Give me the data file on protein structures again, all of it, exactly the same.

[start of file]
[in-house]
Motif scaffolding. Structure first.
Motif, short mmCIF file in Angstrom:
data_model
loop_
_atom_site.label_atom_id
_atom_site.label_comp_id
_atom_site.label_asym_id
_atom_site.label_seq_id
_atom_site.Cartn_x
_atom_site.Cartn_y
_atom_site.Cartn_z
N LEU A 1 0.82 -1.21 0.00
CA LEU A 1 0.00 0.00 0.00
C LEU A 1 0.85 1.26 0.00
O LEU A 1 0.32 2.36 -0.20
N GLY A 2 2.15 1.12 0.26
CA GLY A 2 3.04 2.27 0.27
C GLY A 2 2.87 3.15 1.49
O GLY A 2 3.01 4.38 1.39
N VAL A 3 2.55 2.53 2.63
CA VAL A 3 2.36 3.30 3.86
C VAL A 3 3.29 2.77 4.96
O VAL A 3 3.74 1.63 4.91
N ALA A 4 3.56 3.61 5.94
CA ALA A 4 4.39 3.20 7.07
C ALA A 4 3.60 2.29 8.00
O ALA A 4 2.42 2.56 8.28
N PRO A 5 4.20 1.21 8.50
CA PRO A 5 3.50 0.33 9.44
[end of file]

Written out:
[in-house]
Motif scaffolding. Structure first.
Motif, short mmCIF file in Angstrom:
data_model
loop_
_atom_site.label_atom_id
_atom_site.label_comp_id
_atom_site.label_asym_id
_atom_site.label_seq_id
_atom_site.Cartn_x
_atom_site.Cartn_y
_atom_site.Cartn_z
N LEU A 1 0.82 -1.21 0.00
CA LEU A 1 0.00 0.00 0.00
C LEU A 1 0.85 1.26 0.00
O LEU A 1 0.32 2.36 -0.20
N GLY A 2 2.15 1.12 0.26
CA GLY A 2 3.04 2.27 0.27
C GLY A 2 2.87 3.15 1.49
O GLY A 2 3.01 4.38 1.39
N VAL A 3 2.55 2.53 2.63
CA VAL A 3 2.36 3.30 3.86
C VAL A 3 3.29 2.77 4.96
O VAL A 3 3.74 1.63 4.91
N ALA A 4 3.56 3.61 5.94
CA ALA A 4 4.39 3.20 7.07
C ALA A 4 3.60 2.29 8.00
O ALA A 4 2.42 2.56 8.28
N PRO A 5 4.20 1.21 8.50
CA PRO A 5 3.50 0.33 9.44